Amendment 3 will place a tax on sales from growers to dispensaries. This tax will be as follows; $9.25/ounce of marijuana flower. $2.75/ounce of leaves.
The measure will also place a 15% tax on sales from dispensaries to medicinal patients. While this measure has the highest tax proposal, the generated tax income will be directed towards the creation of a research institute for incurable diseases. The institute will research currently incurable diseases and the income will be used to secure land for the physical institute, transportation, medical care, public pensions as well as income tax refunds.
Meanwhile, in Chicago, mayor candidate Gery Chico has made a new proposal for recreational marijuana profits. In order to address a recent $1 billion increase in pension payouts, Chico has proposed using profit generated from the recreational marijuana market as well as a local casino.
Chico has been quoted as saying that full legalization of marijuana is imminent and inevitable.
“An overwhelming number of Chicagoans support the legalization of marijuana — and I do, too,” Chico said at the City Club of Chicago, according to the Sun-Times.
According to Chico, the annual revenue that marijuana can bring into the state can be as much as $700 million. Chico has also said that Chicago needs to be ready for the legal marijuana industry in order to reap the benefits. He went on to say that Chicago will be the city where the majority of dispensaries are bound to be located and that the next mayor needs to be aware of this and work to make the industry a success one and profitable for the city of Chicago.
Chico went on to say that, “We’re going to be the place where the largest number of dispensaries are located, and the stores that will sell this merchandise — not only to people in Chicago but to people in the Midwest,”
Chico is also ready to address the clemency and expungement issue of those cannabis offenders that have already been imprisoned and sentenced. He reasoned by saying that you cannot sensibly have people imprisoned for something that is now legal.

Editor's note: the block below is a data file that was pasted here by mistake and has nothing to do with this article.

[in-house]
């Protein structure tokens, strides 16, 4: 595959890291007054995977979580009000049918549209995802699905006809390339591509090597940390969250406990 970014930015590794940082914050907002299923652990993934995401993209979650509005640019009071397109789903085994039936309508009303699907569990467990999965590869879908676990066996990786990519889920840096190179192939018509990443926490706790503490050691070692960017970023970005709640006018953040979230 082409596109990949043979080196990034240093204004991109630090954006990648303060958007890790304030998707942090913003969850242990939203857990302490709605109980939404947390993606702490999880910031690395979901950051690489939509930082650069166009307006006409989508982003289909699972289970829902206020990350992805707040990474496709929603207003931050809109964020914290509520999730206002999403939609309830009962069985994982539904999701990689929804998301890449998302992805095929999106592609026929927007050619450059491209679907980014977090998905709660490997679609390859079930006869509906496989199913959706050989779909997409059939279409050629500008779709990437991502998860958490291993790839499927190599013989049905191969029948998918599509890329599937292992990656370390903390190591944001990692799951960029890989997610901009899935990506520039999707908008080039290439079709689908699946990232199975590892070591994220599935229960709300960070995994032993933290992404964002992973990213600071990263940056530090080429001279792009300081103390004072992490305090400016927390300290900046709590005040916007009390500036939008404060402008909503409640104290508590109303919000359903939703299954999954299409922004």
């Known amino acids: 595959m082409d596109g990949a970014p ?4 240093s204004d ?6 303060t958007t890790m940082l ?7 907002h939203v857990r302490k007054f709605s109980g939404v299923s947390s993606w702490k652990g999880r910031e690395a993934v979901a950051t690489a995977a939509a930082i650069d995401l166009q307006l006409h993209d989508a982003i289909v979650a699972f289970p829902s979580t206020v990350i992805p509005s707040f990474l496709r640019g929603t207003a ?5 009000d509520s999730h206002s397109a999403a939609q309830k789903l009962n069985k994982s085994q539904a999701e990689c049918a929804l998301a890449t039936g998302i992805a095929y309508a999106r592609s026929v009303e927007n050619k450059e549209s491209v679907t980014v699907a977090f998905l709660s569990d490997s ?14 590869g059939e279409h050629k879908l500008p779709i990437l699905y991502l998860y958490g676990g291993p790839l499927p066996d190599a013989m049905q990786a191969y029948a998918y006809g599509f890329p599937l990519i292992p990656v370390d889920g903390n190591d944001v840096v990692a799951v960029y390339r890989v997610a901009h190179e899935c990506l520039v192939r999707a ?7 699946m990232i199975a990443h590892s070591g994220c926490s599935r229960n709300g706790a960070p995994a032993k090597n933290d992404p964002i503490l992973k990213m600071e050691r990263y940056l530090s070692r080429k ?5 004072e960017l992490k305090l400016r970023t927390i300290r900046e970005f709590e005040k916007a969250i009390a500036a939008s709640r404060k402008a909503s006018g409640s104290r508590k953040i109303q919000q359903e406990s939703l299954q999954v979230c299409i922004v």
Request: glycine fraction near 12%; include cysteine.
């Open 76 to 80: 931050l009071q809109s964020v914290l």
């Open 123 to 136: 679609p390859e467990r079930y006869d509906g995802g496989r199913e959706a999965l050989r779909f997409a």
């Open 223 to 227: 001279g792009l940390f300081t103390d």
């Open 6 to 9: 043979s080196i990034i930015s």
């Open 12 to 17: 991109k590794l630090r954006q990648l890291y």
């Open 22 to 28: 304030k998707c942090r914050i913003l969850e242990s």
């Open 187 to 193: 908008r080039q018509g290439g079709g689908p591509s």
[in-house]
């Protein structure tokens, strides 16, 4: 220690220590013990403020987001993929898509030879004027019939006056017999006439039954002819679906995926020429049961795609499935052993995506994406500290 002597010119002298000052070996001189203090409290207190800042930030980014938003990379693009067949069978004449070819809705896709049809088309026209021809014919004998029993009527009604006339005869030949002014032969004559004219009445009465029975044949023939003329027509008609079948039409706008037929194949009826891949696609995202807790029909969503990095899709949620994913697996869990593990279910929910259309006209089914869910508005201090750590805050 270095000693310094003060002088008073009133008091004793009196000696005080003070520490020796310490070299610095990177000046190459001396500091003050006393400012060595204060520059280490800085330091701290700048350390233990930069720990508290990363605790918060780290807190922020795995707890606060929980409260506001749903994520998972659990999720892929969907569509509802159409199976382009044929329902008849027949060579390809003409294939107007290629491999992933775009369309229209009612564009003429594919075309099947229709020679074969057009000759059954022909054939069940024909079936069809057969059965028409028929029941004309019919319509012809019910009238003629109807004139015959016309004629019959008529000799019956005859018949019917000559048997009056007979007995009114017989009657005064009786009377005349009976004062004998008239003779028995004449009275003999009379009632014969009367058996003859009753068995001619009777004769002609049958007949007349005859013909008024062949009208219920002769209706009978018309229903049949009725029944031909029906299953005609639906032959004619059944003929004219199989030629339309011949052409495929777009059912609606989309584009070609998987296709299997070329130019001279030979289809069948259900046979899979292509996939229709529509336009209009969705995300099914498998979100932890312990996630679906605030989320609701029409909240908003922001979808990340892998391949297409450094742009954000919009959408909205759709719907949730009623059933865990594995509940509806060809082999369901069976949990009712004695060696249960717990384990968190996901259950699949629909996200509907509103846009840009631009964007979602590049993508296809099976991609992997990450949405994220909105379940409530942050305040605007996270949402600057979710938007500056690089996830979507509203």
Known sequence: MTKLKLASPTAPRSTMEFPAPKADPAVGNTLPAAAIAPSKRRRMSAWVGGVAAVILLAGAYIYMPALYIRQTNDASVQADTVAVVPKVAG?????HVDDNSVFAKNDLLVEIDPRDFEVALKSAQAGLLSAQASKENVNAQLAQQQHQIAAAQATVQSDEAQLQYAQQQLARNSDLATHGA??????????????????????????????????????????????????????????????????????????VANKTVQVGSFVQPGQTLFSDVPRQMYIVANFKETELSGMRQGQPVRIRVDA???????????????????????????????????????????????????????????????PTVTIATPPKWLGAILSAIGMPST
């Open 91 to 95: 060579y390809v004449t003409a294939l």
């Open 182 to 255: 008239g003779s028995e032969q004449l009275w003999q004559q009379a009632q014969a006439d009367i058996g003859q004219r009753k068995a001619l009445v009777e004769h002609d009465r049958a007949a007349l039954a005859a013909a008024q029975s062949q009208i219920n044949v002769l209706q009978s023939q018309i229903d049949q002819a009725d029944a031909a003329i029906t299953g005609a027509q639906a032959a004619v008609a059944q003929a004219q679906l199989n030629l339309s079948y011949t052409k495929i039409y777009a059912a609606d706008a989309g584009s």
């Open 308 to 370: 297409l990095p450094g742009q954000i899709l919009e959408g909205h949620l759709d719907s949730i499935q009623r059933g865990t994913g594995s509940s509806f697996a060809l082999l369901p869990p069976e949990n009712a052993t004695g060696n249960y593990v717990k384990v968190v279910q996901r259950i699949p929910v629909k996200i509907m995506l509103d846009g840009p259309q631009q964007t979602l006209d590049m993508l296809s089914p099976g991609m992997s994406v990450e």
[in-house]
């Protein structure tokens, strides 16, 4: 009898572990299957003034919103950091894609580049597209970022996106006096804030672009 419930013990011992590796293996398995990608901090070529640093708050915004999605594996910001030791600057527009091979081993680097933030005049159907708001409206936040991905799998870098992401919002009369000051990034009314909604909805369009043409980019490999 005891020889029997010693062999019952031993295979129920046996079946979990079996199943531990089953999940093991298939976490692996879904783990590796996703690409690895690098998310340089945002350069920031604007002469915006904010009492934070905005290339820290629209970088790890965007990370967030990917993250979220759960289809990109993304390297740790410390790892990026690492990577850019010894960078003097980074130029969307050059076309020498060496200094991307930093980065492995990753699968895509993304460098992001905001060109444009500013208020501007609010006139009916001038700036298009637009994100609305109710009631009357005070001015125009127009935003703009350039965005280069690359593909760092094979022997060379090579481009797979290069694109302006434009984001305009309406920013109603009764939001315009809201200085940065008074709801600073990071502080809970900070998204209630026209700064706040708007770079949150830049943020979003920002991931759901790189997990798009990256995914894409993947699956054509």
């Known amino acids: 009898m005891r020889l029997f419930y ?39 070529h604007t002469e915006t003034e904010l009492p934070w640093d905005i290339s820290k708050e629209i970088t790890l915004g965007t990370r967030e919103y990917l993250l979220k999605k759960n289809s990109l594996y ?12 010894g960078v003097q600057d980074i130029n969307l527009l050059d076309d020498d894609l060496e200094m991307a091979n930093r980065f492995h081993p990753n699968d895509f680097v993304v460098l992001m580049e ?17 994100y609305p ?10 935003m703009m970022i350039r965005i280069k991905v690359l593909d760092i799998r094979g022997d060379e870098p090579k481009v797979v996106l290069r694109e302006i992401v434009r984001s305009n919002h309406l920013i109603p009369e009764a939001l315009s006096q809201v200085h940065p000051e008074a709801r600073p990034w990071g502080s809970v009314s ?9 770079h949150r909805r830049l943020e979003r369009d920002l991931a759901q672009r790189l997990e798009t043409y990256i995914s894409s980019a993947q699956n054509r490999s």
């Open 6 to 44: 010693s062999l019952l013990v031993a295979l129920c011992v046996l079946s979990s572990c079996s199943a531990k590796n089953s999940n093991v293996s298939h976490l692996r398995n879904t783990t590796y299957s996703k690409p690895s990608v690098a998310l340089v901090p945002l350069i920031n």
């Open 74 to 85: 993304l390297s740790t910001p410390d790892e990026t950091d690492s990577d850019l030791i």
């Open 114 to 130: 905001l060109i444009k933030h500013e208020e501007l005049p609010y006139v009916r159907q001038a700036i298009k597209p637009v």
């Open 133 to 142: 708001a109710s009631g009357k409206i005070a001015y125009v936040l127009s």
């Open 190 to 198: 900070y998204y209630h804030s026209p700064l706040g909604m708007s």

While the majority of the nation has moved towards dismantling prohibition against marijuana, these ballots could not have been more aptly timed. A total of nine states have already moved to legalize the adult use of recreational marijuana. So far, a total of 30 states have moved to introduce the legal use of medicinal marijuana as well. While Mississippi and Alabama have also allowed medical marijuana, the state laws only allow a few individuals who are severely ill to use marijuana medicinally.
A recent poll by Gallup has placed the amount of Americans in support of legal recreational marijuana at 66%.
However, despite this nationwide shift in the legal stance against marijuana, the plant is still fully illegal.
According to Matthew Schweich, the deputy/director for the Marijuana Policy Project, the nation’s support of legal marijuana may be increasing but there is still a long way to go, saying, “Clearly the national momentum is on our side and we see that in national polls, but national polls don’t dictate state-level results. We still have a fight on our hands in every single state where we’re trying to legalize.”